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This is the podcast of WAR ROOM, the official online journal of the U.S. Army War College. Join us for provocative discussions about U.S. national security and ... Mehr
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REAGAN AS THE PEACEMAKER: WILL INBODEN (ON WRITING)
It’s time for another episode of On Writing. A Better Peace welcomes William Inboden to the studio to discuss his book, The Peacemaker: Ronald Reagan, the Cold War, and the World on the Brink. Will sits down with host Michael Neiberg for a conversation about capturing the efforts and accomplishments of the 40th President of the United States, Ronald Reagan, and his administration as they confronted the Soviets, reduced the nuclear threat and won the Cold War. The discussion examines how Will moved past his preconceived notions to present an unbiased and accurate account of the actions and interactions of the Reagan national security team in the 1980s.
CIVIL-MILITARY RELATIONS: DISCUSSING WAR (AFGHANISTAN LESSONS)
The final episode of our three-part series on Afghanistan looks at rebuilding trust in the civil-military relationship. Over two decades of conflict left its imprint on U.S. civil-military relations in myriad ways, not all of which were bad. Yet the collapse of the Afghan government and military after so many assurances that “this will be the year” has undoubtedly reduced the essential reservoir of trust. Guest host and U.S. Army War College Fellow LTC Ranjini Danaraj is joined by LTG (retired) Doug Lute, the former U.S. Ambassador to NATO and Deputy National Security Advisor on Iraq, Afghanistan, and South Asia under both Presidents Bush and Obama, and Dr. Carrie Lee, the Co-Director of the Civil-Military Relations Center and Chair of the Department of National Security and Strategy at the U.S. Army War College. They have a thoughtful discussion on Afghanistan’s impact on civil-military relations. Their conversation reveals the vital aspects of a civil-military relationship, how politics are fundamental to the conversation, how to better integrate other elements of national power, and the need to balance expertise with humility.
A CHALLENGING CONVERSATION: THE CIVIL-MILITARY RELATIONS CENTER
The civil-military relationship in the United States is a complicated one, and it is continually evolving. The discussion space that was once dominated by the writings of Samuel Huntington and Morris Janowitz, has morphed even further, opening the conversation to a multitude of new voices. As the nation finds itself even more polarized, significant work has to be done by the military to remain effective in the political sphere and yet remain above the partisan fray. Civ-mil relations are a standard topic in joint professional military education and they are so important that the U.S. Army War College has established a new Civil-Military Relations Center (CMRC). The center's mission is "To sponsor and promote the development of a healthy, sustainable relationship between the American military, society, and political leaders through education, research, and outreach." The center's co-director, Carrie Lee, is in the studio today with podcast editor Ron Granieri, to explain how the CMRC intends to accomplish its mission and what lies ahead.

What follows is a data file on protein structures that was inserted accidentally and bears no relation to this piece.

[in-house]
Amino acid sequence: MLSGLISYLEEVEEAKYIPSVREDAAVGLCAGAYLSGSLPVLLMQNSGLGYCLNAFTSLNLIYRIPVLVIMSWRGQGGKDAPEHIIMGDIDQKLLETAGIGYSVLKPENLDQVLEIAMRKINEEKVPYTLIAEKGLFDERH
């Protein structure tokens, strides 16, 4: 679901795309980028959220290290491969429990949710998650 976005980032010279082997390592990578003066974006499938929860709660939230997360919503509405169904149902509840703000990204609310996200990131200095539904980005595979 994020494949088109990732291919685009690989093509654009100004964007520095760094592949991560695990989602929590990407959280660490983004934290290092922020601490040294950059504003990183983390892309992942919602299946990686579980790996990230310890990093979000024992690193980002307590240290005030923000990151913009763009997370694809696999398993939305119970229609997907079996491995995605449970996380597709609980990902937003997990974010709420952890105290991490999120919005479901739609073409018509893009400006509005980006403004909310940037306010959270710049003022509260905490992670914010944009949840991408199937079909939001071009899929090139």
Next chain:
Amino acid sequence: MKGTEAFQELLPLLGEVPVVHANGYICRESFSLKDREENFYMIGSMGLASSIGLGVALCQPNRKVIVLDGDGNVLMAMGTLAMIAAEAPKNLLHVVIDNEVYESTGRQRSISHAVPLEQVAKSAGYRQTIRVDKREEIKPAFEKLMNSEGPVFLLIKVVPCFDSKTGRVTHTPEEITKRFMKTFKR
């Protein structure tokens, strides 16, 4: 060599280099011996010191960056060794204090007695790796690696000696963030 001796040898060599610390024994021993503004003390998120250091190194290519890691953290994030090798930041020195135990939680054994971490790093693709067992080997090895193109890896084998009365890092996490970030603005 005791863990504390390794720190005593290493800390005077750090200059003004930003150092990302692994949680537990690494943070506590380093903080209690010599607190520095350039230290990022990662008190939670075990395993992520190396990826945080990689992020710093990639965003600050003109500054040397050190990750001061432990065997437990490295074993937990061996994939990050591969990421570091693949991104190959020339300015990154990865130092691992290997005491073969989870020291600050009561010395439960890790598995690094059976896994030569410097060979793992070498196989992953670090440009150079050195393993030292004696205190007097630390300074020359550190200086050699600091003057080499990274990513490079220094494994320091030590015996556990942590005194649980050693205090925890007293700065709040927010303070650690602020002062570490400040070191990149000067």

The first episode of our three-part series on Afghanistan lessons discussed building armies. This episode focuses exclusively on assessing them. In the studio for this second episode are LTG (R) Eric Wesley, who brings experience from both the National Security Council Staff and the International Security Assistance Force, and Dr. Ben Connable, author of a RAND monograph entitled, "Embracing the Fog of War: Assessment and Metrics in Counterinsurgency." They join guest host and U.S. Army War College Fellow LTC Ranjini Danaraj for a serious discussion about the assessment of military forces in Afghanistan. The conversation covers assessment shortfalls, optimism in reporting, holding commanders accountable to their assessments, creating competitive perspectives, taking a long view of war, and measuring the will to fight. Assessing is no easy task, but this episode provides insights on how to get it right, breaking the military’s assessment failure cycle, and helping military leaders accurately and credibly inform strategy decisions.
UNMASKING THE BOOGEYMAN: THE BIN LADEN PAPERS
Twelve years ago last week, on May 2, 2011, the U.S. military conducted a raid in Abbottabad, Pakistan that killed Usama bin Laden. Once the mission was accomplished, the SEAL team conducted sensitive site exploitation and gathered up and returned with all of the materials and equipment they discovered in the compound. Nelly Lahoud and her team sorted through some 97,000 files and 6,000 pages of declassified documents, all in Arabic, to discover the truth about bin Laden and the al-Qaeda network. She's in the studio to discuss her book, "The Bin Laden Papers: How the Abbottabad Raid Revealed the Truth about Al-Qaeda, Its Leader and His Family" with host John Nagl. The information gleaned from this incredible undertaking paints a picture of a man and a network that, after the 9/11 attack, were confined, restrained and not very successful.
This is the podcast of WAR ROOM, the official online journal of the U.S. Army War College. Join us for provocative discussions about U.S. national security and defense, featuring prominent national security and military professionals.